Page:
Your Body Fight Stress
Your body is naturally equipped to deal with a certain amount
of stress. But if stress increases and your reserves are low,
stress can have a bigger impact. Building up your defenses is
a "long-term" plan for reducing stress. It will also improve your
overall health and give you more energy. To help prepare your
body to deal with stress:
It's easy to relax when you're not feeling stressed. It takes a
special effort to learn how to relax in a stressful situation. There
is no "right way" to relax that works for everyone. Most people
use a combination of methods, and find that different situations
call for different ways of relaxing. You may need to try several
techniques before finding the one that works best for you. Here
are a few things that can help reduce stress:
- Make sure you are getting enough sleep.
Most people need 7-8 hours per night. If possible, get extra
sleep before and during periods of increased stress.
- Eat a balanced, nutritious diet. Good
nutrition can improve your ability to handle stress by keeping
your immune system strong.
- Avoid using caffeine, cigarettes, or
alcohol as a way of dealing with stress.
Some of the symptoms of stress are also very similar to those of
depression. Depression is a common disorder that is related to a
chemical imbalance in the brain. Fortunately, depression can be
treated safely and effectively. It's important to recognize the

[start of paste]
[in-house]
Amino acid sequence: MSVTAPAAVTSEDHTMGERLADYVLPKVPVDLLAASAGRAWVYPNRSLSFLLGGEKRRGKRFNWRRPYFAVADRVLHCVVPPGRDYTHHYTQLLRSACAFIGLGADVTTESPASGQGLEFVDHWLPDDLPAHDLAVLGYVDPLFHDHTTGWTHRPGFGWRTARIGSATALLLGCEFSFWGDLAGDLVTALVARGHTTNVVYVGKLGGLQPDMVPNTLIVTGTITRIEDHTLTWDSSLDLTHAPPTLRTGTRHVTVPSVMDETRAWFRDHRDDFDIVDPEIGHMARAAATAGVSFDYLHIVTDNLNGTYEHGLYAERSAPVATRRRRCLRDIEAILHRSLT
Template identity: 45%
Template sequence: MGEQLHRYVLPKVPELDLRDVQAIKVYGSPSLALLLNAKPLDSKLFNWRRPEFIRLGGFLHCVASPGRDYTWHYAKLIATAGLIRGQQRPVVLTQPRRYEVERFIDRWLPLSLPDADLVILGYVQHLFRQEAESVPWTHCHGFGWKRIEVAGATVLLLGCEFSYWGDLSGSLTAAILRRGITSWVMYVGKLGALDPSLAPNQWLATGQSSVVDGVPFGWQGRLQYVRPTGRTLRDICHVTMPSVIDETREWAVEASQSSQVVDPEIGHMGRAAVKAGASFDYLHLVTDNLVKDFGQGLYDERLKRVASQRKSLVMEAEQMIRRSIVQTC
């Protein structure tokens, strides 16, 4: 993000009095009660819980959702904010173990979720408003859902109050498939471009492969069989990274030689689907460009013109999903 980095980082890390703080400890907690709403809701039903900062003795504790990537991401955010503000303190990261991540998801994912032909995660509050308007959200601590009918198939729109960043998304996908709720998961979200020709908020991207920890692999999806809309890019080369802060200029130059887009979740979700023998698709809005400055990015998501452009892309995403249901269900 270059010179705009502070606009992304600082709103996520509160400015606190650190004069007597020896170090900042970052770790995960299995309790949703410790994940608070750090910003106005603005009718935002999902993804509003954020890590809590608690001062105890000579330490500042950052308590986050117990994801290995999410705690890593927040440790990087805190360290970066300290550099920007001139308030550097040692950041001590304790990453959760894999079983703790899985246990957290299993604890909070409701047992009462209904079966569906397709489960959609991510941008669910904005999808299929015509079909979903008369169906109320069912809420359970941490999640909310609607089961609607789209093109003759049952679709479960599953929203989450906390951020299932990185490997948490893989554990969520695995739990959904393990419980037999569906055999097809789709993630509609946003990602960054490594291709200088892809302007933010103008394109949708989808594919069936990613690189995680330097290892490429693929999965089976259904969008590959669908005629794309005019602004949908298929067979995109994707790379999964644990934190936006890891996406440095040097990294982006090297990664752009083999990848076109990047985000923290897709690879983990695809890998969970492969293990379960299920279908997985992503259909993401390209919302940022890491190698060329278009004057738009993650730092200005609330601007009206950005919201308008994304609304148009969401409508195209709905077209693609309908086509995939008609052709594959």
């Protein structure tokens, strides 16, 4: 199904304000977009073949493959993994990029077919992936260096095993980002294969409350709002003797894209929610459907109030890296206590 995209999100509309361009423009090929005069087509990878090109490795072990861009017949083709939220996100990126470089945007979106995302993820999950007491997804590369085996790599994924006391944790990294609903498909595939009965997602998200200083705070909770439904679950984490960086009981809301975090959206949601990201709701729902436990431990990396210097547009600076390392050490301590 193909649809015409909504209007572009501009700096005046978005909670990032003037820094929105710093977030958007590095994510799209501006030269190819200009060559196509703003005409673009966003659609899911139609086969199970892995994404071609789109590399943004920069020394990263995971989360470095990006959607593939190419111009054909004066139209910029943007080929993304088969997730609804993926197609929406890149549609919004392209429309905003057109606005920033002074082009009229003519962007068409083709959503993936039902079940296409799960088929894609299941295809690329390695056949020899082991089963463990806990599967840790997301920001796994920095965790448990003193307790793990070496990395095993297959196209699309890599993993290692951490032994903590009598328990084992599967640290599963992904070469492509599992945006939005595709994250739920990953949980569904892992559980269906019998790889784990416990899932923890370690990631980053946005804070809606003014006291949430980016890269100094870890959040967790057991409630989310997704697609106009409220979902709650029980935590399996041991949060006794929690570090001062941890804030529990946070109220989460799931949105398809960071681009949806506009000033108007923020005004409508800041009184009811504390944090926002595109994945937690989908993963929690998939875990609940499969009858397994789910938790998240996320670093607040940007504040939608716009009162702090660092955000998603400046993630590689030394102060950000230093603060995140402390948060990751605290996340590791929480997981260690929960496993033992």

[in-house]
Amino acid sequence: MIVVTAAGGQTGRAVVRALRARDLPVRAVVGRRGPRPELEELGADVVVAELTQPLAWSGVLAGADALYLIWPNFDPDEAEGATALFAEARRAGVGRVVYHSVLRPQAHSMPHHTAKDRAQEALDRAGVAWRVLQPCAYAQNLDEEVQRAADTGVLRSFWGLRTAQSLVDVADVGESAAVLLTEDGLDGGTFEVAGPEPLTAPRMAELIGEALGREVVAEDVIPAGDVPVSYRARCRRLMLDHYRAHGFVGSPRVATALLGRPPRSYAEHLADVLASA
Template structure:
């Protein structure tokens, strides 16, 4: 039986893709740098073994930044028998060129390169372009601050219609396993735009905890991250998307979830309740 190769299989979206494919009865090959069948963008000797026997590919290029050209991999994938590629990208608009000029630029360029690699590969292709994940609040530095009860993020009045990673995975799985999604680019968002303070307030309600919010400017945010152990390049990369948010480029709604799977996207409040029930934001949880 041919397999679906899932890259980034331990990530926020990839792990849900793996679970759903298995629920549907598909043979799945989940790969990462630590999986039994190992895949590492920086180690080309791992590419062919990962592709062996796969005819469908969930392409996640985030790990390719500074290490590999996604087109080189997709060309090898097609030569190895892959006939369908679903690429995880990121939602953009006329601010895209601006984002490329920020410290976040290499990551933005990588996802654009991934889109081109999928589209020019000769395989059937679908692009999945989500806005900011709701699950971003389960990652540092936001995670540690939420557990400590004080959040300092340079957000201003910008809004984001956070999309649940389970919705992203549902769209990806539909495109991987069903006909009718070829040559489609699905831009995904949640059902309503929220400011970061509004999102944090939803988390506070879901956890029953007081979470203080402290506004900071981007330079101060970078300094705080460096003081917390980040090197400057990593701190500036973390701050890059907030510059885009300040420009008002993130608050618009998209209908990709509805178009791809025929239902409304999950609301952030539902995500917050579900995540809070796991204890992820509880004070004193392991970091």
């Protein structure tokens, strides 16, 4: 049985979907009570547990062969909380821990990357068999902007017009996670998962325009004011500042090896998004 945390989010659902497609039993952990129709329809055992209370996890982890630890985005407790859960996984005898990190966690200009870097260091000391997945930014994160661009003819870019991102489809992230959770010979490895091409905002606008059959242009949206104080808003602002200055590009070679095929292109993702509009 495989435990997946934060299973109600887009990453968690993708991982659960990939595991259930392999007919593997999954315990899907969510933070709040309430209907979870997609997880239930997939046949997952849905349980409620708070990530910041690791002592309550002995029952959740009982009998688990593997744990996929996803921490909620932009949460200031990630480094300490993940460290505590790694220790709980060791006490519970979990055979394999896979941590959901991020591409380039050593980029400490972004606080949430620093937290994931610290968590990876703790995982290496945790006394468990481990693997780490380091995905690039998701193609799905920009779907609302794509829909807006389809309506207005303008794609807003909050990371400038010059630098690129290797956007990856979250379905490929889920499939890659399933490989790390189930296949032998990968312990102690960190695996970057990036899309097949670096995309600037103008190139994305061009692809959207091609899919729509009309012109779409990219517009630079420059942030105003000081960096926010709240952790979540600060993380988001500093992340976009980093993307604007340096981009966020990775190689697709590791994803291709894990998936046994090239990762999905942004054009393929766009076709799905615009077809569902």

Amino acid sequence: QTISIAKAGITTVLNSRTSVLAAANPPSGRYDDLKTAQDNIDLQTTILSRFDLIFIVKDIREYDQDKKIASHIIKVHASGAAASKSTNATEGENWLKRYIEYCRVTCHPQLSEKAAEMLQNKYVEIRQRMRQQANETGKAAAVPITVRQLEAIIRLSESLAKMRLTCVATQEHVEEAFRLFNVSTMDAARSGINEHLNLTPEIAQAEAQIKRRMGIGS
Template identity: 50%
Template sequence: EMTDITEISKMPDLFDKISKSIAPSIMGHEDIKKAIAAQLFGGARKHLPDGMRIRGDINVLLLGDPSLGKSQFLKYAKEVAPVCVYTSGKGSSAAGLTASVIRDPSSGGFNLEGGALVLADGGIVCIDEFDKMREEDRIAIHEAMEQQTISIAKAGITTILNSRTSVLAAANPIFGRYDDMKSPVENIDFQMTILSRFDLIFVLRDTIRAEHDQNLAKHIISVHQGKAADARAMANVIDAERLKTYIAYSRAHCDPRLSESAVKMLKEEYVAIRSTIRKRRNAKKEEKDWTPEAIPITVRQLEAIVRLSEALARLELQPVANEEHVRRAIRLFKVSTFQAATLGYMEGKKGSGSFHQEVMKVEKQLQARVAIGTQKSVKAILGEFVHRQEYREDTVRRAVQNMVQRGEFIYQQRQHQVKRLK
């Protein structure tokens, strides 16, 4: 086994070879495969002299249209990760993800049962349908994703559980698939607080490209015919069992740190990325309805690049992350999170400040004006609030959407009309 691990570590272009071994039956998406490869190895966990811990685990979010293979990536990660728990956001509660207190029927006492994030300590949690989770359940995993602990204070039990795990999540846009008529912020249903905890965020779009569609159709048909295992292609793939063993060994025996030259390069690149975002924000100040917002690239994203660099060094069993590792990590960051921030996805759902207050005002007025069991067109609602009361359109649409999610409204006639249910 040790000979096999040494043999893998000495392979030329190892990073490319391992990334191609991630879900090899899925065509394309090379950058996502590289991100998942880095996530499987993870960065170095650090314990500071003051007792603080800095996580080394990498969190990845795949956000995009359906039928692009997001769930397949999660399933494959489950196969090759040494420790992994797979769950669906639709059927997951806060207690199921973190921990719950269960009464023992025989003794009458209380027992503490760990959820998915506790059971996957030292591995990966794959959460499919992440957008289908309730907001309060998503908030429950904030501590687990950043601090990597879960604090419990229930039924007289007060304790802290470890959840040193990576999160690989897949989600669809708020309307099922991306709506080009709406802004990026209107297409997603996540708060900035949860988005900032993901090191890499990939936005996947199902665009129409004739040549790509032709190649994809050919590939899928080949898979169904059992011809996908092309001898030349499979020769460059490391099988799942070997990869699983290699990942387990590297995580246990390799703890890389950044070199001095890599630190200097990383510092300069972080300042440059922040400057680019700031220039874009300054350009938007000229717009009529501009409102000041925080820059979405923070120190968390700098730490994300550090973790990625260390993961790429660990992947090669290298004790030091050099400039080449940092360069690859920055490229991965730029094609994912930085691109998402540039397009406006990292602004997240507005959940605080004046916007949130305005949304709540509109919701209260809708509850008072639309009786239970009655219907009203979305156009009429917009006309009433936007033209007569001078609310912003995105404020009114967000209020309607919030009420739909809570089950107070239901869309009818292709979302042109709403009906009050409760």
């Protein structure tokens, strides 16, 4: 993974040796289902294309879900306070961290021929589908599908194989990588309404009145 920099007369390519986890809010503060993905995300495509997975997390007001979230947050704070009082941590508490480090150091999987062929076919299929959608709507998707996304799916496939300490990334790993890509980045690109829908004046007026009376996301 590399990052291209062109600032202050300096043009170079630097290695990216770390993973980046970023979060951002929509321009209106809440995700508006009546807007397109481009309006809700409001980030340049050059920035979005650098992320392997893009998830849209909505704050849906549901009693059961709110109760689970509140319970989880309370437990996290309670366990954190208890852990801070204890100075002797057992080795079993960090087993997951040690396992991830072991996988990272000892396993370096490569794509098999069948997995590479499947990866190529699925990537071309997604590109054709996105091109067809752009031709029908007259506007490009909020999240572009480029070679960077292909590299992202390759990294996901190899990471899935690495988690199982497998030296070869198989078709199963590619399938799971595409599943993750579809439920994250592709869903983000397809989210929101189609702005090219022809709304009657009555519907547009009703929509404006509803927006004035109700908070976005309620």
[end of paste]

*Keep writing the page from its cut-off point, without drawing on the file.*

signs so that you can get treatment.
- Tai Chi
- Regular physical activity: try to exercise
for at least 30 minutes most days of the week.
- Meditation and deep breathing exercises
- Taking part in a favorite hobby, such
as gardening, dancing, reading, or listening to music.
Signs of depression:
Because some signs of depression are similar to those that occur
with stress, having some of these signs does not necessarily mean
that you have depression. Still, if you have had some of these symptoms,
speak to your health care professional. Depression can be effectively
treated, and this can go a long way to helping you reduce stress
and feel better.
- Feeling "sad" or "blue"
- Losing interest or pleasure in things you used to enjoy
- Sleeping too much or too little
- Decreased energy
- "Slowing down" of mental or physical activity
- Weight gain or loss, or changes in your appetite
- Feeling anxious or agitated
- Having trouble concentrating, being indecisive, or having
- Feeling guilty or worthless
- Thoughts of death or suicide
For more information on stress.
Reference Source 114